One of the most understated yet important aspects of Tucker Carlson’s tenure at Fox News was his unique ability to bridge a seemingly unbridgeable generational divide. Whether he was exploring more complicated topics via long-form documentaries, interviewing the world’s wealthiest man, or simply telling the Republican Party to get its act together, people of all ages tuned in. Grandparents and grandkids alike genuinely love him.
And perhaps this, in part, is why he was able to so easily mainstream the thoughts, theories, and brands of pseudonymous Twitter users who historically have been relegated to the dark corners of the internet with the rest of the weirdos. If a voice has utility, he gives it a platform; people trust him to discern who is worth listening to.
Tucker routinely used his platform to amplify people like Chaya Raichik (Libs of TikTok), which undeniably helped her gain traction and expose more people to the insanity of leftism. And to be sure, this was great, but people would likely be able to understand that sort of thing for themselves, even if they hadn’t encountered LibsofTikTok. We instinctively know when something is out of sync with the natural law and metaphysically disordered, as leftism inherently is.
Arguably some of his finest moments as a communicator were when he embraced the more esoteric, if you will, thoughts being grappled with in the nuanced essays of people like Peachy Keenan and translated them into modern English so the masses, who likely don’t have time to ponder these things on a regular basis, can also participate in the intellectual exercise.
Take, for instance, Tucker’s opening monologue from three weeks ago, in which he described the state of New York as existing in a state of anarcho-tyranny. He explained how this is a framework of “state-sponsored anarchy accompanied by political tyranny” and described how Alvin Bragg’s indictment of Donald Trump and general apathy toward crime embodies it. Anarcho-tyranny, being introduced into the lexicon of paleoconservatives several decades ago, is not a term many people would be familiar with despite being uncomfortably familiar with the concept. Nevertheless, Tucker brought them up to speed.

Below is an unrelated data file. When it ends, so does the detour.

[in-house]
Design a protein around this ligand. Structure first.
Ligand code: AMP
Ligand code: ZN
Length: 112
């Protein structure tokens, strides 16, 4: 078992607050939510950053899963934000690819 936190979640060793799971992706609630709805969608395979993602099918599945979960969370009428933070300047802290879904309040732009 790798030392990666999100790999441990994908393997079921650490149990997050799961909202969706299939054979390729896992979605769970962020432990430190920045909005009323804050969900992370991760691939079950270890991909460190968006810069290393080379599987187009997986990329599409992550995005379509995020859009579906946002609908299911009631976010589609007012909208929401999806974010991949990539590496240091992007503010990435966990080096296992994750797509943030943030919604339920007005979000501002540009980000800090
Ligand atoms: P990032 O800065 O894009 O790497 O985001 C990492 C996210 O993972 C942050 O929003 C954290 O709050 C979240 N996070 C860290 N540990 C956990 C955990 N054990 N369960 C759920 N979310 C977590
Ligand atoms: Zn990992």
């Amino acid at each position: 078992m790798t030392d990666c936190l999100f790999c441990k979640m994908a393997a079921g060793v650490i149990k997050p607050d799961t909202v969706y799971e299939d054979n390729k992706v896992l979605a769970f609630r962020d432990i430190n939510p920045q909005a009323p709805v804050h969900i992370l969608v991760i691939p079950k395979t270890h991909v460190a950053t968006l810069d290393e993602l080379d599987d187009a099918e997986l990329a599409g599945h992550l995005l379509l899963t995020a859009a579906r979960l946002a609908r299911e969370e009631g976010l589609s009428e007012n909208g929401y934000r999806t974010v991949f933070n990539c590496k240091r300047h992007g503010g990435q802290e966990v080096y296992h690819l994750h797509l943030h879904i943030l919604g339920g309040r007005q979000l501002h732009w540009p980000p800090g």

Or take an example from July 2021, when he read a tweet thread from Darryl Cooper (MartyrMade) providing great insight and clarity as to why conservatives remain skeptical about the outcome of the 2020 election and no longer have faith in institutions like the corporate media or national intelligence apparatus.
But he didn’t only highlight academics. Sometimes he highlighted skeptics for the sake of highlighting skepticism and to prove to us that the “experts” are idiots — as was the case in this past fall’s “The End of Men.” The documentary takes the food and health industries to task and explores the, frankly, dual existential crisis of plummeting male fertility and lack of nutritional sustenance. The documentary features a man by the name of “Raw Egg Nationalist” — a sworn enemy of soy globalism and an advocate for maximizing nutritional intake by slonking raw eggs — and another individual who goes by “Benjamin Braddock” and who believes the key to boosting testosterone is exposing his crotch to redlight.
Similar to how Rush Limbaugh mainstreamed Michael Anton’s “Flight 93” essay by reading it in its entirety on air, Tucker made a lot more voices — who really ought to be heard — and a lot more content accessible by providing a platform that wouldn’t otherwise have been available purely because of unsavory optics.
The conservative movement needs someone like Tucker, who is willing to push the limit and unwilling to pull his punches.